With the opening title track they make their intent very clear, the song a rush of adrenaline and anger, while the likes of “Dust Eater” and “The Order Of Shadows” slow things down some without losing any of their bite, holding the listener tightly by the throat and demanding their attention. The melodies, while far more palpable than on any previous releases, also do not pander or sound calculated, all of them very much fitting within the framework of the individual song and helping to create a variety of moods. Likewise, Von Stein’s intelligent lyrics leap out, making the listener think. “Each song features a story around a form of mental illness and its manifestation there of. I try to keep the conversation about mental illness going without casting any stigmas or clichés. I am a firm believer that the more we accept and normalize mental illness like any other malady – heart disease, diabetes or hypertension – we can remove the stigma around it and make people more comfortable/accepting of unmet mental health needs and the need for treatment.” Accordingly, “Raptor” discusses depression and how it makes an individual feel, going through varied degrees of sadness, isolation and lethargy, while “Trapper” is about symptoms of schizophrenia and how the protagonist suffers from hallucinations, with images of demons and driving him to submit/succumb to the illness. These themes are also tied into the artwork of the record, with the band’s masked mascot trying to get out of a straight jacket after burning down a city behind him, and “Carnage Rider” tells this story, “which is about mania and how the protagonist goes on a spree of destruction without being regulated via medication.” Furthermore, the album is timely, since the subject of mental illness is “front and center with each mass shooting in the States. It’s a reoccurring topic in social life and needs to be addressed and understood correctly, without stigma or any negative connotation.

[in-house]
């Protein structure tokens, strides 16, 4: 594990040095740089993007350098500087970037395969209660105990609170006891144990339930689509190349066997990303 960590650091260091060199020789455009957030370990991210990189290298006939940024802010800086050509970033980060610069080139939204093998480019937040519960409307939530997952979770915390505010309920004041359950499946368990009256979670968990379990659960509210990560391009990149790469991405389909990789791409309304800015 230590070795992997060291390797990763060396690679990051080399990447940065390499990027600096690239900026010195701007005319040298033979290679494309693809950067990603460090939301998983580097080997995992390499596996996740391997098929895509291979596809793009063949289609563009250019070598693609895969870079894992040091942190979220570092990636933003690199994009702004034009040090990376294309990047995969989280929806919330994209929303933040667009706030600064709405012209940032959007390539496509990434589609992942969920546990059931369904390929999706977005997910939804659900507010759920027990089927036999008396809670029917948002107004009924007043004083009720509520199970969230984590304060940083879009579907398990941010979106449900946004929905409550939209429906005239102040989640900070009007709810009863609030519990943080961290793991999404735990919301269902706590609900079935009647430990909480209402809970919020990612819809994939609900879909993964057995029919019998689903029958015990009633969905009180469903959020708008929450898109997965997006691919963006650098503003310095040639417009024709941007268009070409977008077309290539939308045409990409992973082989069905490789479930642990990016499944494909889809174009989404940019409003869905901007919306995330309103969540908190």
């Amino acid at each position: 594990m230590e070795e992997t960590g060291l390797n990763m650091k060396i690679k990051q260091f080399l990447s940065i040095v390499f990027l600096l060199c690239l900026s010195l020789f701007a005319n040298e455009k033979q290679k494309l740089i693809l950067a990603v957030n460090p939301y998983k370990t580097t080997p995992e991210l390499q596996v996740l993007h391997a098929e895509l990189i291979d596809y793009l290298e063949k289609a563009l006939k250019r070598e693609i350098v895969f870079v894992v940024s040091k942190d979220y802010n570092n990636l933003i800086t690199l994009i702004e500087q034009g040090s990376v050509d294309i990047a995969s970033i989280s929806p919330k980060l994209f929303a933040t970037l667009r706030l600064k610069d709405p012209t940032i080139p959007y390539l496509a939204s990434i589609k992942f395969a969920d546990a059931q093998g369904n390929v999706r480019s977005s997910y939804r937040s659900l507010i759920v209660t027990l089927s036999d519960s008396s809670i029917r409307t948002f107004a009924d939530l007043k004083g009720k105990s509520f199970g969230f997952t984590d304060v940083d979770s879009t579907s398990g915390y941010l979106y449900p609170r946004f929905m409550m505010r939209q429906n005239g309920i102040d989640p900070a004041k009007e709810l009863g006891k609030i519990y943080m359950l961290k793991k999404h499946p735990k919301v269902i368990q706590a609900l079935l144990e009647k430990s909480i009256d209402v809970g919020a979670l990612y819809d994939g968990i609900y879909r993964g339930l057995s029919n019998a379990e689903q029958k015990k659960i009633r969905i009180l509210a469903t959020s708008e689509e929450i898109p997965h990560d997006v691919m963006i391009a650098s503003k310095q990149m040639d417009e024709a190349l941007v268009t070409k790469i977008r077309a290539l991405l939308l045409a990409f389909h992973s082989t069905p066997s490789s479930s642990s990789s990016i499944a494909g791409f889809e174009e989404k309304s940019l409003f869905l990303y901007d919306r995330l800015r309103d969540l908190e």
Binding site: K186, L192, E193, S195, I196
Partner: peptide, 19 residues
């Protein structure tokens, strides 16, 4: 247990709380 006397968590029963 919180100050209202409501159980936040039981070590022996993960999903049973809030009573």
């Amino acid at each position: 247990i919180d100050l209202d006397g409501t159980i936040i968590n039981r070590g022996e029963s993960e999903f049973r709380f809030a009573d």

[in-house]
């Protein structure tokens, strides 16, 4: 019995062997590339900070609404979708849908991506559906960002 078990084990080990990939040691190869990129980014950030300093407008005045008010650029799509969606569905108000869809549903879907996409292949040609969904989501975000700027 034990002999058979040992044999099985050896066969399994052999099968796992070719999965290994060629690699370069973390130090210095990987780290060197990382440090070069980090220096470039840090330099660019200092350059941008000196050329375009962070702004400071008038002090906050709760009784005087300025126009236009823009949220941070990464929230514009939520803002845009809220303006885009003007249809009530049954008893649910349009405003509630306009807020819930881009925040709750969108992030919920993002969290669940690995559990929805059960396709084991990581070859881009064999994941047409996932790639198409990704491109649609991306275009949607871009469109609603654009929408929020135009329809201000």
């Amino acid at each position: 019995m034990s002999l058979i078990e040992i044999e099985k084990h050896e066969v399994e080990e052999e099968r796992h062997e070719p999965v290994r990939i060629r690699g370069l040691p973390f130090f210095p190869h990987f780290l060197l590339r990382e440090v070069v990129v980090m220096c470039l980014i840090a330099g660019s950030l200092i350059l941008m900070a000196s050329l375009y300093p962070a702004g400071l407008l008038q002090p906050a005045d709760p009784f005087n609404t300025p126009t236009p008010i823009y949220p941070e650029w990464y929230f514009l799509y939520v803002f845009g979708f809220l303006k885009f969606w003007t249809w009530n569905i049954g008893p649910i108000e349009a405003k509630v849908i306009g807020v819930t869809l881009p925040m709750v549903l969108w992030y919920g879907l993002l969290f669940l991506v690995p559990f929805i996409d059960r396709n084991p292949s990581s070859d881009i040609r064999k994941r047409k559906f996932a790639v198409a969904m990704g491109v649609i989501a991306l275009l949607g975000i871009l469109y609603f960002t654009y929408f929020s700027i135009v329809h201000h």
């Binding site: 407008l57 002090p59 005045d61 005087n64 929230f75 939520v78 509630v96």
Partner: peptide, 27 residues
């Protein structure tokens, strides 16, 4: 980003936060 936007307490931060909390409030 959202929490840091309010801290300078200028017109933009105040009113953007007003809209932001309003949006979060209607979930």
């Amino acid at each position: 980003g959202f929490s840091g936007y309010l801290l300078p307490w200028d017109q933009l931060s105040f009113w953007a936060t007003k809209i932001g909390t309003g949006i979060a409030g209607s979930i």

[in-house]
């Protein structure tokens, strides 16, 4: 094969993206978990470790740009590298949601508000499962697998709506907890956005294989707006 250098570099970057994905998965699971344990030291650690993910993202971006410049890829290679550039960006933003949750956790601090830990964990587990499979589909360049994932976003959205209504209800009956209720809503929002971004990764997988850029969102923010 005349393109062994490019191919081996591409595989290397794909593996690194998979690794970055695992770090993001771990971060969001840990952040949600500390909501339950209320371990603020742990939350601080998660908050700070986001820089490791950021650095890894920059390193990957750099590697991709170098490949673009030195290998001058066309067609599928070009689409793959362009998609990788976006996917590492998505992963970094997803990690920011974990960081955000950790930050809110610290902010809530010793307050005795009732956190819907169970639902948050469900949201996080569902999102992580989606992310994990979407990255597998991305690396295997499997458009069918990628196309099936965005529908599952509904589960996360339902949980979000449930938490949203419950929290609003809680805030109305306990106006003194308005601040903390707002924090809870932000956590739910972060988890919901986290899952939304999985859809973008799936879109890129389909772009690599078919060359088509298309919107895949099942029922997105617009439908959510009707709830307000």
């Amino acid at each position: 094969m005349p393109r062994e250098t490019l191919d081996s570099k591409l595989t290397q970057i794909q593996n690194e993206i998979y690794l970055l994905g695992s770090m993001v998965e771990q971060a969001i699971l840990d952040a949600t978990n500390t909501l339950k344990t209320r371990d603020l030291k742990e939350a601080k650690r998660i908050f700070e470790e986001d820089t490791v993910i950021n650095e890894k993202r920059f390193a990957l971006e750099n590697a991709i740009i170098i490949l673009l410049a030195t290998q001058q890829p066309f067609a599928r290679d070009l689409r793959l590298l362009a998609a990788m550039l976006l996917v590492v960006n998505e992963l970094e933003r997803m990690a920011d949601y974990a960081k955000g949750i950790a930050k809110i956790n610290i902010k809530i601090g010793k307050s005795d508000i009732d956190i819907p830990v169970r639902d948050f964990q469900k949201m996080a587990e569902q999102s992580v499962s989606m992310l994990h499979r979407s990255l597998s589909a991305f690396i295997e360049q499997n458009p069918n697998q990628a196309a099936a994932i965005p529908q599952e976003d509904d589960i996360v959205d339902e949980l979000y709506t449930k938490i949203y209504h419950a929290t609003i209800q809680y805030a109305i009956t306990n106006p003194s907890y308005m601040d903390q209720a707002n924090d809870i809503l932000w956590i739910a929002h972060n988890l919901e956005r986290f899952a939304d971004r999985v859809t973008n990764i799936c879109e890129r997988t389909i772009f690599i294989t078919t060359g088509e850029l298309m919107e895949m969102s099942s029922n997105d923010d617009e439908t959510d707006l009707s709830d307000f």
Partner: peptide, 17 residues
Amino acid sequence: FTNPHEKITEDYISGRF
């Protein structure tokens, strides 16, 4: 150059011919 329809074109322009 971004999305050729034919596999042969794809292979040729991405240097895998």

Hostile Defiance marks Exumer‘s third time working with producer Dennis Koehne (SodomMelechesh), tracking the album in studios in Dortmund and Frankfurt, and the sessions were marked with “super positive vibes all around with a strong, driven work ethic to create an optimal product.” The band plans to tour the record hard, and will be hitting the road in Europe when the album drops, and from that point onward they will be visiting as many countries as possible. “Our goal is simple: to further establish the band as one of the main German thrash metal acts that began in the 1980s and are now carrying the torch into the 2020s.

Reinier de Vries
About Reinier de Vries 383 Articles
Once a metal head, always a metalhead. My parents thought it would only be a period, but they were wrong. I quit to explain the beauty of metal music to others that are not into metal, because it is something you can't tell in words... It is like explaining to a teetotaller why a cold beer is so nice on a hot day... I started with bands like Accept, Metal Church, Iron Maiden and Metallica in the eighties and I think I will still listen to them when I'm stone deaf and old...